|Chennai||Rs. 27740.00 (-1.32%)|
|Mumbai||Rs. 29400.00 (-0.31%)|
|Delhi||Rs. 28400.00 (0%)|
|Kolkata||Rs. 28880.00 (0%)|
|Kerala||Rs. 27400.00 (-0.9%)|
|Bangalore||Rs. 28000.00 (0%)|
|Hyderabad||Rs. 28110.00 (-0.18%)|
NEW DELHI, Jan 31 (Reuters) - The possibility of India losing its investment grade credit rating has receded as a result of the reform measures taken by the government since September last year, an analyst with rating agency Standard & Poor's told Reuters on Thursday.
"It is still at least a one in a three chance that we could downgrade. But the likelihood of it is less than when we first indicated the negative outlook in April last year," analyst KimEng Tan said in a telephone interview from Singapore.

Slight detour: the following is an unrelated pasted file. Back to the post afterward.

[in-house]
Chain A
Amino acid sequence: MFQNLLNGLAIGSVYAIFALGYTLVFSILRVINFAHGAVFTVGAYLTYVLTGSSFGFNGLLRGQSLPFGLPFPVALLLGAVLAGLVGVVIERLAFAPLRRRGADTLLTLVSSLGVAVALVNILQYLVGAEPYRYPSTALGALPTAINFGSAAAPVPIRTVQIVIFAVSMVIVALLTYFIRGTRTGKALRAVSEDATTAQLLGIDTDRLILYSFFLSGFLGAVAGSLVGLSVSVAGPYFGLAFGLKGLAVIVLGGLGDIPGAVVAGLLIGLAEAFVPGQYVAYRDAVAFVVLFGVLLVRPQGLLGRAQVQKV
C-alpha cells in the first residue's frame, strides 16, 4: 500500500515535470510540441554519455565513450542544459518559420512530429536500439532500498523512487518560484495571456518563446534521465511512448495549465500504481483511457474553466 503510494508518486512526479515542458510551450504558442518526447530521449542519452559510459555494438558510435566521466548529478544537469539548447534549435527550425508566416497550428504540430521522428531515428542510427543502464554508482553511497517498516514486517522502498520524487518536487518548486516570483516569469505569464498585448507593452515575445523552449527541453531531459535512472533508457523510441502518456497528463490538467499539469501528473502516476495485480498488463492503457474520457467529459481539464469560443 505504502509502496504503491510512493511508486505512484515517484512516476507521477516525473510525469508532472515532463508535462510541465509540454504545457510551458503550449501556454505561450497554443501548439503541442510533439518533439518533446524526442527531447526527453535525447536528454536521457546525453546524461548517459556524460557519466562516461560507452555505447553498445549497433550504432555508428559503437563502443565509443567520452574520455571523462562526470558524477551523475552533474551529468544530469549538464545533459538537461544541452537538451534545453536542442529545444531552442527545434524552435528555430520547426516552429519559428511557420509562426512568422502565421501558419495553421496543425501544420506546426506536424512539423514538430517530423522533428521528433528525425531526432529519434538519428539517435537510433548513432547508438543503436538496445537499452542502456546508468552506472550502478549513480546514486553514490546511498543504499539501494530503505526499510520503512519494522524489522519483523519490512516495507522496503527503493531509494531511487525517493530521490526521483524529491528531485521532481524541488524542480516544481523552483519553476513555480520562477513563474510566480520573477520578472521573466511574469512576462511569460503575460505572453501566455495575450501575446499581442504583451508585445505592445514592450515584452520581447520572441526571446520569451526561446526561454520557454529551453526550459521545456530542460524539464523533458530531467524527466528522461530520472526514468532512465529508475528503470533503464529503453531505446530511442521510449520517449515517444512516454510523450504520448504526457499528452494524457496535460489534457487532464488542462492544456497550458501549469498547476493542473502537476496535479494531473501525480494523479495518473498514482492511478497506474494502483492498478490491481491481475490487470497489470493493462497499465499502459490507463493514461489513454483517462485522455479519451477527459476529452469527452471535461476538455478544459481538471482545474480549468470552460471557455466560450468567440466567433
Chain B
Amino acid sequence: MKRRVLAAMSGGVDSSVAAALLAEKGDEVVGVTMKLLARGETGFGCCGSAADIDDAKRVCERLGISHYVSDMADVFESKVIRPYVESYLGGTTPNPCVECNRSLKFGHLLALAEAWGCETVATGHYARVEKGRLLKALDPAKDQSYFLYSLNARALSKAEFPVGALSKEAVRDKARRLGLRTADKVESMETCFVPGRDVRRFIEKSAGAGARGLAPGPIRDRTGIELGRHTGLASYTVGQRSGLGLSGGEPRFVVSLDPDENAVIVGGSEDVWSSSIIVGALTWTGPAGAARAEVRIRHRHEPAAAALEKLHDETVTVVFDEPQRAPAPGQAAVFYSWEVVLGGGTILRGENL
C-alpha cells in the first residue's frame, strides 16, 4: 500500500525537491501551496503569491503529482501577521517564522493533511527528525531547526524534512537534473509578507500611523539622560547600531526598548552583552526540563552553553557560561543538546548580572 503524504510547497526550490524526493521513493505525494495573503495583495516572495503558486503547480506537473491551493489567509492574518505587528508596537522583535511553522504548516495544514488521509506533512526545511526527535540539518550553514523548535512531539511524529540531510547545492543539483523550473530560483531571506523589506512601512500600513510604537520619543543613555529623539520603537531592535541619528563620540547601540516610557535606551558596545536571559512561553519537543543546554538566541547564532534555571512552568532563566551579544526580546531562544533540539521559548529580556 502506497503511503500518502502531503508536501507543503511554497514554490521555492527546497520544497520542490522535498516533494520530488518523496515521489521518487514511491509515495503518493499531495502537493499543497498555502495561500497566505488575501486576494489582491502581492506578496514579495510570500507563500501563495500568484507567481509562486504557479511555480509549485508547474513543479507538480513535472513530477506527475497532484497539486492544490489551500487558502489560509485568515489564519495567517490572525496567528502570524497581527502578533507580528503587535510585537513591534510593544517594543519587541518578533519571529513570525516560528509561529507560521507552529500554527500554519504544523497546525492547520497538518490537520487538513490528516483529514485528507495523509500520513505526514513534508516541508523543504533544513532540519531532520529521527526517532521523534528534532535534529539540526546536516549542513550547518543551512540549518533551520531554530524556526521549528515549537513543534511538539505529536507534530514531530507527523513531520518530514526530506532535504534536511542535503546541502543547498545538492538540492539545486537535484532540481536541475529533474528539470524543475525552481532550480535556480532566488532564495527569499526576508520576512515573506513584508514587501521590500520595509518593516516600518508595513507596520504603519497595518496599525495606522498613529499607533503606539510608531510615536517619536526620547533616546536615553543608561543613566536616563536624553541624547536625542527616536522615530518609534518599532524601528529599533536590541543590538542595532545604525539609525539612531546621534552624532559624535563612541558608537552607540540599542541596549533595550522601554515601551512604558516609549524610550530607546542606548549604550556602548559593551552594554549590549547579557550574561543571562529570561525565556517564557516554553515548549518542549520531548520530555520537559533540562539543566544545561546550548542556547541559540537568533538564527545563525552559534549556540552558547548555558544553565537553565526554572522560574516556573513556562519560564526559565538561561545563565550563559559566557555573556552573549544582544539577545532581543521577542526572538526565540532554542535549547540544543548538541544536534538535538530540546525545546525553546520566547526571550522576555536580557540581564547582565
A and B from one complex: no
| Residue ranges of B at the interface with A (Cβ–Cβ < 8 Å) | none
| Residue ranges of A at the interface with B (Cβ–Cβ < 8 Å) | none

The government has undertaken a series of economic reforms to boost investor sentiment, opening the retail and aviation sectors to more foreign investment, cutting expensive fuel subsidies, slapping higher duties on gold imports and delaying tax changes that threatened to deter capital inflows. (Reporting by Rajesh Kumar Singh, editing by Ross Colvin)